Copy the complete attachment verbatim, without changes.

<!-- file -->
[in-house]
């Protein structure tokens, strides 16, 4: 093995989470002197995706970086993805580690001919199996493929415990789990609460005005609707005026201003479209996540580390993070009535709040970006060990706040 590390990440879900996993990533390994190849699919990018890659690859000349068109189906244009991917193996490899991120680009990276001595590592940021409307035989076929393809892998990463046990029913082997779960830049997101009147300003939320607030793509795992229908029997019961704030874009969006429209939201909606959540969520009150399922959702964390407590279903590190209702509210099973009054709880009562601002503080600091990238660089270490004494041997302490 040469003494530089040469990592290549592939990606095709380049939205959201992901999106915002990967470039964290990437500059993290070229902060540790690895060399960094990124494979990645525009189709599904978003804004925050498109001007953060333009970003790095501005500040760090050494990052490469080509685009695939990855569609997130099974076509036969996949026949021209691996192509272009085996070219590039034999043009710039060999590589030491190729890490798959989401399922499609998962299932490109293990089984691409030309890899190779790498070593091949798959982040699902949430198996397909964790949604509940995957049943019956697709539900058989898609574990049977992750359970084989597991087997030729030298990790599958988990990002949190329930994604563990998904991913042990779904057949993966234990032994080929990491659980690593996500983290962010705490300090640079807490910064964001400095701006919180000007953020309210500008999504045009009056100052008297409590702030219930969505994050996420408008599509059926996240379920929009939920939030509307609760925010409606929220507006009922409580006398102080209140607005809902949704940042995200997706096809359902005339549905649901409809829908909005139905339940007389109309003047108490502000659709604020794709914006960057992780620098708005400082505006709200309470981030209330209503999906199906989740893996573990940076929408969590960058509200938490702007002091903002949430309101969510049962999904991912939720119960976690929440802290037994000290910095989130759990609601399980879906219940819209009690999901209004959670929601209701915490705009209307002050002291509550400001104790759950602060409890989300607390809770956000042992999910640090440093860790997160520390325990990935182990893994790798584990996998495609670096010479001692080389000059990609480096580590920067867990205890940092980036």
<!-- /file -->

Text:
[in-house]
């Protein structure tokens, strides 16, 4: 093995989470002197995706970086993805580690001919199996493929415990789990609460005005609707005026201003479209996540580390993070009535709040970006060990706040 590390990440879900996993990533390994190849699919990018890659690859000349068109189906244009991917193996490899991120680009990276001595590592940021409307035989076929393809892998990463046990029913082997779960830049997101009147300003939320607030793509795992229908029997019961704030874009969006429209939201909606959540969520009150399922959702964390407590279903590190209702509210099973009054709880009562601002503080600091990238660089270490004494041997302490 040469003494530089040469990592290549592939990606095709380049939205959201992901999106915002990967470039964290990437500059993290070229902060540790690895060399960094990124494979990645525009189709599904978003804004925050498109001007953060333009970003790095501005500040760090050494990052490469080509685009695939990855569609997130099974076509036969996949026949021209691996192509272009085996070219590039034999043009710039060999590589030491190729890490798959989401399922499609998962299932490109293990089984691409030309890899190779790498070593091949798959982040699902949430198996397909964790949604509940995957049943019956697709539900058989898609574990049977992750359970084989597991087997030729030298990790599958988990990002949190329930994604563990998904991913042990779904057949993966234990032994080929990491659980690593996500983290962010705490300090640079807490910064964001400095701006919180000007953020309210500008999504045009009056100052008297409590702030219930969505994050996420408008599509059926996240379920929009939920939030509307609760925010409606929220507006009922409580006398102080209140607005809902949704940042995200997706096809359902005339549905649901409809829908909005139905339940007389109309003047108490502000659709604020794709914006960057992780620098708005400082505006709200309470981030209330209503999906199906989740893996573990940076929408969590960058509200938490702007002091903002949430309101969510049962999904991912939720119960976690929440802290037994000290910095989130759990609601399980879906219940819209009690999901209004959670929601209701915490705009209307002050002291509550400001104790759950602060409890989300607390809770956000042992999910640090440093860790997160520390325990990935182990893994790798584990996998495609670096010479001692080389000059990609480096580590920067867990205890940092980036």